Romance novels need a canon
"Bet Me" by Jennifer Crusie
A contemporary romantic comedy set to Elvis Costello and lots of luxurious and sinful sugary treats. Read the whole essay.
Update: Shortly after I published this piece, a spokesperson for Laura Bush confirmed that the former First Lady had requested to have her name and image removed from the ad in question. In a statement, Bush spokeswoman Anne MacDonald said in a she “did not approve of her inclusion in this advertisement nor is she associated with the group that made the ad in any way. When she became aware of the advertisement last night, we requested that the group remove her from it.” I guess Bush showed I was right about her political courage.
As a gay rights supporter, I think the new ad from the Respect for Marriage coalition, promoting the pro-marriage equality stance of Republicans like Laura Bush and Dick Cheney, is great politics. As a Democrat, forgive me if I don’t rush to applaud them for their alleged “courage” in bucking what has been Republican dogma.
When the history of the modern GOP is written, there will be widely apportioned blame and shame over the way elite people who knew better used issues of race, gender and sexuality to scare people who were anxious about social change – mainly white people — into blaming scapegoats: mainly African Americans, women exercising their reproductive rights, and gay people.
I say “mainly white people” because in 2004, Karl Rove was ingenious enough to try to scare black people, primarily conservative religious African Americans who were dubious about gay rights, into abandoning Democrats over the issue. Rove pushed gay marriage initiatives on state ballots, most notably in Ohio, hoping to rev up Bush’s white evangelical base while either depressing black turnout for Democrats or actively turning some black voters into Republicans (it didn’t work well.)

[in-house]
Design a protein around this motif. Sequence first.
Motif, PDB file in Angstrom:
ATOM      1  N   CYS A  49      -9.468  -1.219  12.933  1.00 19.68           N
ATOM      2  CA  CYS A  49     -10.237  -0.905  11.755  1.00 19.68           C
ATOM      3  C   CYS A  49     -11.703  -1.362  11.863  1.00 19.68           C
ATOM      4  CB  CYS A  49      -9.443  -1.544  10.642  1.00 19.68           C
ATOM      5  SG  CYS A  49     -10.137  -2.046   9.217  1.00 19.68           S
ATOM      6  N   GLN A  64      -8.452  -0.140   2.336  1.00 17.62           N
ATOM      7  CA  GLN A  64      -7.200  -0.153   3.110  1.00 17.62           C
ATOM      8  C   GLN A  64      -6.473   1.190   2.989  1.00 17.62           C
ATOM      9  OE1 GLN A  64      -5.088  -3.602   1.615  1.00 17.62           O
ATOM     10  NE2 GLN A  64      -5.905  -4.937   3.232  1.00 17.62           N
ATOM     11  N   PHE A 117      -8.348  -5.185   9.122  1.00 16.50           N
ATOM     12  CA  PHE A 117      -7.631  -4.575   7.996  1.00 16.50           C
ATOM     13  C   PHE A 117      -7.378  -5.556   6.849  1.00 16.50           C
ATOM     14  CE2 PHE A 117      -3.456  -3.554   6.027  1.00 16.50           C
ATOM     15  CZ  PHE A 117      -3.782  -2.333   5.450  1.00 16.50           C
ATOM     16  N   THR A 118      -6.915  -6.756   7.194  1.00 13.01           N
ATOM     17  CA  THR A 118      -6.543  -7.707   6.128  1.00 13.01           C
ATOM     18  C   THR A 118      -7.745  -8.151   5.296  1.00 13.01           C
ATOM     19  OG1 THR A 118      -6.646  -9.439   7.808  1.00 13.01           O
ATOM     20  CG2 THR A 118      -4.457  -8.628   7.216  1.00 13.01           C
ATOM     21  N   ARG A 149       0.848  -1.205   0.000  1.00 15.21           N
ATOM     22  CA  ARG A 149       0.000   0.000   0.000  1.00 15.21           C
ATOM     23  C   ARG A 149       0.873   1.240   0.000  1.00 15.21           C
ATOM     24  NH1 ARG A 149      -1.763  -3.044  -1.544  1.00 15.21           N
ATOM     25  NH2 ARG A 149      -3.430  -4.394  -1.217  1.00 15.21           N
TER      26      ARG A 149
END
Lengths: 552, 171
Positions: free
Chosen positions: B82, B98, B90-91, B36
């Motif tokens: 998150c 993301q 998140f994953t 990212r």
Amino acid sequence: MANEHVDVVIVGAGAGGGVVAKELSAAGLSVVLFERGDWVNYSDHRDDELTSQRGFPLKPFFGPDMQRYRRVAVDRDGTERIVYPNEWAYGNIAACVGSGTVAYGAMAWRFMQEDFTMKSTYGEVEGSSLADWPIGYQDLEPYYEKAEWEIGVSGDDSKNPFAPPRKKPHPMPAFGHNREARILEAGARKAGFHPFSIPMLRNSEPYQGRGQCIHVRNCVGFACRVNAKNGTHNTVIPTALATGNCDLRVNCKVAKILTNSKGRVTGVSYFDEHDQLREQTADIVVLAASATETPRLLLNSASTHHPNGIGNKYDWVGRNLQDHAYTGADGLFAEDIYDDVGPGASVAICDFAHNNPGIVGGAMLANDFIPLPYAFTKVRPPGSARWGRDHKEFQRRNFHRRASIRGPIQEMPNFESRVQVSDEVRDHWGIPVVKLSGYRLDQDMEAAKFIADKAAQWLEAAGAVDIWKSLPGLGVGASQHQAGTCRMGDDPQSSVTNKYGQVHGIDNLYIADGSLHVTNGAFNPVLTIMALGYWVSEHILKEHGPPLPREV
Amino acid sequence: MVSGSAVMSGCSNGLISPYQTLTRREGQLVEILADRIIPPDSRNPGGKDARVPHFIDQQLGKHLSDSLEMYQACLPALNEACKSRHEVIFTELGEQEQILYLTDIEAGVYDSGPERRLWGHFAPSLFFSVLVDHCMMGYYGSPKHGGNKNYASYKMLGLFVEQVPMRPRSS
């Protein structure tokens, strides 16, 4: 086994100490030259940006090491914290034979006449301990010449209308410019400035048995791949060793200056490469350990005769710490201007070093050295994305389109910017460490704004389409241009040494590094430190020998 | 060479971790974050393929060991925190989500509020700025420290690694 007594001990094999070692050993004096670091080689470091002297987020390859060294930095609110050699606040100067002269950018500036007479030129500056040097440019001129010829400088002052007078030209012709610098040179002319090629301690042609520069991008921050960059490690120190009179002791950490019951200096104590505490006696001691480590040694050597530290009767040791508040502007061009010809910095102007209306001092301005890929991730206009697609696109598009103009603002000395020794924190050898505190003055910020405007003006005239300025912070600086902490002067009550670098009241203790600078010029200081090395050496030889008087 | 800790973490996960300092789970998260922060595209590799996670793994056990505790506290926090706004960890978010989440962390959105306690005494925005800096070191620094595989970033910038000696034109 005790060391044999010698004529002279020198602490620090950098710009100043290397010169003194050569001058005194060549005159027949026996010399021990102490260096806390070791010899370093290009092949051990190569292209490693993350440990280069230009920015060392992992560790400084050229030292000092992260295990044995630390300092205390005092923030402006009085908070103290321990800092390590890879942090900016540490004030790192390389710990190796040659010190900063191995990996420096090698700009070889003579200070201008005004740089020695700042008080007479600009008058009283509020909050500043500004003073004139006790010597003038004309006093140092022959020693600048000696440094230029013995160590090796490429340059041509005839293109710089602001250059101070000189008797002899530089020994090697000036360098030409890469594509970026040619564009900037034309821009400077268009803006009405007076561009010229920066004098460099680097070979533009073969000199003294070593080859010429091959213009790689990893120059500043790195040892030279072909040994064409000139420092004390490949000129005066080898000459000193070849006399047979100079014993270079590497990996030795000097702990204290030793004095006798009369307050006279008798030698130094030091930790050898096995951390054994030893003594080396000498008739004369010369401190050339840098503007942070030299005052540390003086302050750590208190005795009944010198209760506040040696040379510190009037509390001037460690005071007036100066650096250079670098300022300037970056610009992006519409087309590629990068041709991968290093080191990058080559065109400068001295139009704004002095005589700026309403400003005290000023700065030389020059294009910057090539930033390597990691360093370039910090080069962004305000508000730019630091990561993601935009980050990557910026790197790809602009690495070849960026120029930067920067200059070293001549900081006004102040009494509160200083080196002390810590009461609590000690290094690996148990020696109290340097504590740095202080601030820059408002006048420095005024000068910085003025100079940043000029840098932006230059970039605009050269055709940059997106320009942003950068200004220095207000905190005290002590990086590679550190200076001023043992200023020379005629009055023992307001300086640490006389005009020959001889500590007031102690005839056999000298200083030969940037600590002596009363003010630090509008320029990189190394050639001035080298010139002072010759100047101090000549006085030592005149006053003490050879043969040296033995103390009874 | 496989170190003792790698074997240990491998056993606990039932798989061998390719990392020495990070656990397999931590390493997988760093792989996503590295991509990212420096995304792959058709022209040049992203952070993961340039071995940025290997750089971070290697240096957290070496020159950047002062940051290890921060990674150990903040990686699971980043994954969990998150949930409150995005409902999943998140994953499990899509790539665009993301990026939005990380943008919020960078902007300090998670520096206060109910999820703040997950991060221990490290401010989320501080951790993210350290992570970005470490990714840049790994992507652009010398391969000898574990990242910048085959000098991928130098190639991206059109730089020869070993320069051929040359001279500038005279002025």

Rove has repeatedly denied the charge, but former Republican National Committee chair Ken Mehlman, who eventually came out himself, told The Atlantic in 2010 that Rove “had been working with Republicans to make sure that anti-gay initiatives and referenda would appear on November ballots in 2004 and 2006 to help Republicans.” Of course, Mehlman didn’t blow the whistle on Rove until after the election.
The only person featured in the ad who showed any courage in coming out for marriage equality is President Obama. He did it right after an anti-gay marriage initiative passed in the swing state of North Carolina, and some people predicted his stand might hurt him with black voters who are conservative on the issue. Instead it seemed to help nudge public opinion into the future: support for Maryland’s gay marriage initiative surged among African Americans after Obama’s declaration.
Dick Cheney’s cynicism is clear. Laura Bush is a tougher call. Everyone’s always known she’s more socially liberal than her husband. Hell, so are her in-laws: Barbara and George H. W. Bush once were such strong Planned Parenthood supporters that colleagues called Bush “Rubbers” when he was in Congress, for his stalwart sponsorship of family planning bills. While Bush switched to an anti-choice position to become Ronald Reagan’s running mate, his wife continued to say she believed abortion was a matter of “personal choice,” and she publicly – and courageously – opposed the fierce anti-abortion language that went into the GOP party platform when her husband was up for re-election in 1992.